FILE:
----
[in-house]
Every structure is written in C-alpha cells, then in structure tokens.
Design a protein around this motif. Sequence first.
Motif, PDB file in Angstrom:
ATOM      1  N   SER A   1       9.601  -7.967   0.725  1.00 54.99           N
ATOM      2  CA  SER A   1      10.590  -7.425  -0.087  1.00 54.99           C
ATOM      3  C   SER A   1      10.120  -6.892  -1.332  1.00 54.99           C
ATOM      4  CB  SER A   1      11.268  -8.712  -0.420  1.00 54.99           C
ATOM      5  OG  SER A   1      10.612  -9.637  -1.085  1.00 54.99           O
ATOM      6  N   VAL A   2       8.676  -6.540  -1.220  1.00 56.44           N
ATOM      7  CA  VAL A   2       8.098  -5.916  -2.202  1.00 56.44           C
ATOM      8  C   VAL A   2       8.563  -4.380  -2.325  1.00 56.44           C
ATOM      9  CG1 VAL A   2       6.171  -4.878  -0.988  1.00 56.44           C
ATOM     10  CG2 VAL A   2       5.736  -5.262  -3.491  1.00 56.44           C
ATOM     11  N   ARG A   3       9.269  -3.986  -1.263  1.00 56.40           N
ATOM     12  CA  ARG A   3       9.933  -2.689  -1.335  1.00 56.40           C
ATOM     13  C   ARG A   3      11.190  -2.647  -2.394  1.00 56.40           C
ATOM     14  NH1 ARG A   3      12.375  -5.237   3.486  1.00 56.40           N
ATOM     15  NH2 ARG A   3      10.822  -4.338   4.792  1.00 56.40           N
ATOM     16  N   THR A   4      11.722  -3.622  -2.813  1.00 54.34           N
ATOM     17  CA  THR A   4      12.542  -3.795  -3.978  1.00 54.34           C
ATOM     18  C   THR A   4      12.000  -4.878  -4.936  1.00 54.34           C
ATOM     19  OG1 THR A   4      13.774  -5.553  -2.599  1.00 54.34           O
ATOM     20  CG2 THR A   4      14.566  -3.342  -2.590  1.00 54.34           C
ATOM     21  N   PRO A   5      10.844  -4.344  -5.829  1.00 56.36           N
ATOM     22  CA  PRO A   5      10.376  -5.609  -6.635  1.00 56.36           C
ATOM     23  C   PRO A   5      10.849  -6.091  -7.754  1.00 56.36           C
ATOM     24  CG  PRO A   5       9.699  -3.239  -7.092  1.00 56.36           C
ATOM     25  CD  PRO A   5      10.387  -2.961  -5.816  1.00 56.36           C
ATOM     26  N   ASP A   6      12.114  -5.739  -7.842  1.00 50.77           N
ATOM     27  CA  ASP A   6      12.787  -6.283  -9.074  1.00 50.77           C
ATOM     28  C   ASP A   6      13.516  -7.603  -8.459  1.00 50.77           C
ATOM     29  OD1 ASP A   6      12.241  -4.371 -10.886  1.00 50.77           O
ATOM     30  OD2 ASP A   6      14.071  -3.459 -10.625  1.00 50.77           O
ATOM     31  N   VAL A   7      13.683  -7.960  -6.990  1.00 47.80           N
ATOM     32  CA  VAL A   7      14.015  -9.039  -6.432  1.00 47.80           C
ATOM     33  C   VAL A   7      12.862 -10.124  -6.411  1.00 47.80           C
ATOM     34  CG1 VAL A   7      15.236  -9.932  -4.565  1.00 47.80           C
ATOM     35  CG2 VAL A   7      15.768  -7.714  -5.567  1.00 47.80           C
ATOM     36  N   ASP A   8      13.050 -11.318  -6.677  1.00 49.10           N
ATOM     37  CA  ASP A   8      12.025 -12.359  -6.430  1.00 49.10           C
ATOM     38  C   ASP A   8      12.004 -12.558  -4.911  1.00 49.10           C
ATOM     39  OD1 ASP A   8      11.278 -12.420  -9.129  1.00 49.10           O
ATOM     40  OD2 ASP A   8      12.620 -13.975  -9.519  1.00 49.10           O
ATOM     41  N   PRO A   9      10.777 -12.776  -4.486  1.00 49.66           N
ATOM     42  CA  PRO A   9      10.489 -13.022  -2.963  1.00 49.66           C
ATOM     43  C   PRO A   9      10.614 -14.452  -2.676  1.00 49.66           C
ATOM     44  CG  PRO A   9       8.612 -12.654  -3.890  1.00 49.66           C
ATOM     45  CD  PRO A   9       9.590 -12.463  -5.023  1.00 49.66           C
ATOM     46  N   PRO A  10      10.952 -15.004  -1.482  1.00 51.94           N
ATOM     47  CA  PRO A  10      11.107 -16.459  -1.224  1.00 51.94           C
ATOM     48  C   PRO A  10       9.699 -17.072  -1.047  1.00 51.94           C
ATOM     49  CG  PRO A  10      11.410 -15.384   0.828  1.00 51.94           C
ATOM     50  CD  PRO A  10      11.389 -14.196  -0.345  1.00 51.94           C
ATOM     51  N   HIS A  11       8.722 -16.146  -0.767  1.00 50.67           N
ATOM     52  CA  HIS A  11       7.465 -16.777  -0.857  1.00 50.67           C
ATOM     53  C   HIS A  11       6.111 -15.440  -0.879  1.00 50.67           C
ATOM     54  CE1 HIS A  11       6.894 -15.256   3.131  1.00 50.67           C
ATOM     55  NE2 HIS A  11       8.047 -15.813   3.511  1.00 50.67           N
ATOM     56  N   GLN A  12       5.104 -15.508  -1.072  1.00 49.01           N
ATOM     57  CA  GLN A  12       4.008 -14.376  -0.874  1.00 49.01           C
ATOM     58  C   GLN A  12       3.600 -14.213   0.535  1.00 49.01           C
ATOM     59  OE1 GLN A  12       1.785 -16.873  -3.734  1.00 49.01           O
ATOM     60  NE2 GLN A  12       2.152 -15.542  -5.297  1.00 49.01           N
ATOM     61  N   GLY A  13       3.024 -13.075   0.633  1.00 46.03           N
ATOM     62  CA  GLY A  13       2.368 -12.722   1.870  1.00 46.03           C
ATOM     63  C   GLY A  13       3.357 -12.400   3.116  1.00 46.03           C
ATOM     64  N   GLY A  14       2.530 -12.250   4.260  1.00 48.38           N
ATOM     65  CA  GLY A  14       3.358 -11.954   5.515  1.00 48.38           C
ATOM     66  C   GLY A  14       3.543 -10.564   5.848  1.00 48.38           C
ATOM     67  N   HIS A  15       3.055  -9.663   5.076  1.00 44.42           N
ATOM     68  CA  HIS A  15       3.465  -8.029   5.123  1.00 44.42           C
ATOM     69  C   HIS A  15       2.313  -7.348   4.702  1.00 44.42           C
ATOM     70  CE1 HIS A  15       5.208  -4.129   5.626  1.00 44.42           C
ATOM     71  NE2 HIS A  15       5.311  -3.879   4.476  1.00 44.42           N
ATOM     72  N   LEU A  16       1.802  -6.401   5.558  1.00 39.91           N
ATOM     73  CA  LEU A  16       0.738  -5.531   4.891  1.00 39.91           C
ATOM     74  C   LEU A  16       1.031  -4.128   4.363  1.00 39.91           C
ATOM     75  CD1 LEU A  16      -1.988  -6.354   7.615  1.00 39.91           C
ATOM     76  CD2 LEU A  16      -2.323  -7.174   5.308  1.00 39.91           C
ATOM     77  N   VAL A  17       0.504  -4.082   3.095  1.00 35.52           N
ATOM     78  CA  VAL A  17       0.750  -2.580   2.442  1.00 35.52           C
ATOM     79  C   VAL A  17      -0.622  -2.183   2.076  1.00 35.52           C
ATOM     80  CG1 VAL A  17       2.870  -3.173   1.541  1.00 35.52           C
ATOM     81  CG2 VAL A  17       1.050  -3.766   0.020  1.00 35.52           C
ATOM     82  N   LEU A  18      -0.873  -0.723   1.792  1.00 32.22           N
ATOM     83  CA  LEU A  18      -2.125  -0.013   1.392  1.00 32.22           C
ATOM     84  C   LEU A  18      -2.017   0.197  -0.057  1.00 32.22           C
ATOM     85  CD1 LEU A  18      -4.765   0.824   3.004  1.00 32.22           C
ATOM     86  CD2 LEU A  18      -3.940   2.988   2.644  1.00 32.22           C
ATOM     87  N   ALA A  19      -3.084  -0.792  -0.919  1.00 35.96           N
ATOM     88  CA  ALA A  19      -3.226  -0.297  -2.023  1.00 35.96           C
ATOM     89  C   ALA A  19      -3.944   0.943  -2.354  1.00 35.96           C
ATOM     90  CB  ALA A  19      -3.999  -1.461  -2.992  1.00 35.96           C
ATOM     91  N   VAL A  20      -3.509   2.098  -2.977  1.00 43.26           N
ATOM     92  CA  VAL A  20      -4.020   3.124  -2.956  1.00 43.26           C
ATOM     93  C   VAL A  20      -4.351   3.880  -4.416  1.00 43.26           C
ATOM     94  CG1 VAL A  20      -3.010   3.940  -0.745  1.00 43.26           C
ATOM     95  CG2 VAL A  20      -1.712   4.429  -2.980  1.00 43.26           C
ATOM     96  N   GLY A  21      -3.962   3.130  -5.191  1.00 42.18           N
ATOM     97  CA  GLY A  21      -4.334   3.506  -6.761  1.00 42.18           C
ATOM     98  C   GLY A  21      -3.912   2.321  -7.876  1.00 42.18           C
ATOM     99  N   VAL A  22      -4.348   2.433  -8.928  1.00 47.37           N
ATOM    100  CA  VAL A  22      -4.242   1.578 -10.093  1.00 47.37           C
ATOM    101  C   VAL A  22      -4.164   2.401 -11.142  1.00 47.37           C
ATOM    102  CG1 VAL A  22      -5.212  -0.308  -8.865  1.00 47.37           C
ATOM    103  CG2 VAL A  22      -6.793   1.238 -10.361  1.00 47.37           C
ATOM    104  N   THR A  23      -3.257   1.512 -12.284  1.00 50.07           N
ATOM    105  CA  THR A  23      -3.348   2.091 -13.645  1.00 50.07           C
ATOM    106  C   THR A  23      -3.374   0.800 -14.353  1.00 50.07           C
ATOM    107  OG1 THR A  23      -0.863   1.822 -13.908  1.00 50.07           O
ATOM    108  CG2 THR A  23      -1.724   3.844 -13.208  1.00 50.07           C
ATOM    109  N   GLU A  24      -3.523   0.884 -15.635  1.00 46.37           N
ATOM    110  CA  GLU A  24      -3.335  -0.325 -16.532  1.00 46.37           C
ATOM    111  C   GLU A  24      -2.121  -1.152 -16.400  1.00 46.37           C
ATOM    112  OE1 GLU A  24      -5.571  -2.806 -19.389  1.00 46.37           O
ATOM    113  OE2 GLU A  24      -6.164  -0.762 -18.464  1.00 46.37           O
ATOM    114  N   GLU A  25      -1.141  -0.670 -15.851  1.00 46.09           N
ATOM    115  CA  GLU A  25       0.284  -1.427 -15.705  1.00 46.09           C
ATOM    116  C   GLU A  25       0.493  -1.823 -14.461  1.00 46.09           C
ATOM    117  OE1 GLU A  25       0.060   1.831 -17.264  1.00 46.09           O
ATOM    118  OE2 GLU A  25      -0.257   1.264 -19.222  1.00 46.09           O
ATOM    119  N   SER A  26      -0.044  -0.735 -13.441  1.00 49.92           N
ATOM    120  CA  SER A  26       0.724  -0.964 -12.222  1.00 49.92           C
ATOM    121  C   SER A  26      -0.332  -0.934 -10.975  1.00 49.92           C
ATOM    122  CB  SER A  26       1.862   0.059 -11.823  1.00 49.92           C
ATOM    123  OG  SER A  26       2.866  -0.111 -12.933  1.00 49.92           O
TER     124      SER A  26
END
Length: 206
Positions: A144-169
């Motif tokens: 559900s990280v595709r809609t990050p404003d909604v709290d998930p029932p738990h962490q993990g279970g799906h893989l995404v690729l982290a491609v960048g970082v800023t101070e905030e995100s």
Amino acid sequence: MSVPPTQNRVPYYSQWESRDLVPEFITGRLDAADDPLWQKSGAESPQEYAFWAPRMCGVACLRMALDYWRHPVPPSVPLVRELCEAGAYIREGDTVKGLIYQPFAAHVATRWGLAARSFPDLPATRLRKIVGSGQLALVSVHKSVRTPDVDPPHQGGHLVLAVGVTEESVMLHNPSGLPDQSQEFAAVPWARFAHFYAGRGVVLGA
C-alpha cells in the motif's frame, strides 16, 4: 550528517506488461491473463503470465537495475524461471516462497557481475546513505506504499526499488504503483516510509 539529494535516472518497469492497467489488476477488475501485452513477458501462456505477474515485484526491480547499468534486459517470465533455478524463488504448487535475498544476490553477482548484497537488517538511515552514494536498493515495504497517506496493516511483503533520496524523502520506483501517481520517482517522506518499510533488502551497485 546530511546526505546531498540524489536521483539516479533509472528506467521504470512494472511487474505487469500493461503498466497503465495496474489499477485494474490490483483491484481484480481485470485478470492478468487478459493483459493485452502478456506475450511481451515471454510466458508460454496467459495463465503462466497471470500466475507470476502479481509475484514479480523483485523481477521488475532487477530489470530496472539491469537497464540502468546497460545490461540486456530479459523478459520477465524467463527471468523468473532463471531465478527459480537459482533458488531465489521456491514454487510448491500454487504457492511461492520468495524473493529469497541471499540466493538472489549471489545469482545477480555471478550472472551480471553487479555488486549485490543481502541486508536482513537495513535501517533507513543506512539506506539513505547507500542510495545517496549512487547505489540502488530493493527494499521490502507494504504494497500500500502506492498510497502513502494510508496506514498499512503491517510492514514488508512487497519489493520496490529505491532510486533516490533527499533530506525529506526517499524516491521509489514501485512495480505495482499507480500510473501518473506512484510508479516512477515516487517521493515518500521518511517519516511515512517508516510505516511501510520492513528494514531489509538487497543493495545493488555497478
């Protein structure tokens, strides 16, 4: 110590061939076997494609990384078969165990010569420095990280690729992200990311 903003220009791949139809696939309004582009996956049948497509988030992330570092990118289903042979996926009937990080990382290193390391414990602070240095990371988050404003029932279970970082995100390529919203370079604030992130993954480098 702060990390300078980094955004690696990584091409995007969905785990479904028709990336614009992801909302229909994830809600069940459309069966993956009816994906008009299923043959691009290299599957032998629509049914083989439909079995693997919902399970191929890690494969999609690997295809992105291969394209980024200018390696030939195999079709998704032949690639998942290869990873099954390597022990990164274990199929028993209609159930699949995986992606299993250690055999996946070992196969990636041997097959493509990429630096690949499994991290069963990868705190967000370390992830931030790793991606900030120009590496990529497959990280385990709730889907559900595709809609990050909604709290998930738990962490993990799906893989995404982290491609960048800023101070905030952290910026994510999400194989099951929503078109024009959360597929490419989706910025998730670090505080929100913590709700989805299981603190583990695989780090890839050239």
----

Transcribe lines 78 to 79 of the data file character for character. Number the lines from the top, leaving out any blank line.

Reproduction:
ATOM     74  C   LEU A  16       1.031  -4.128   4.363  1.00 39.91           C
ATOM     75  CD1 LEU A  16      -1.988  -6.354   7.615  1.00 39.91           C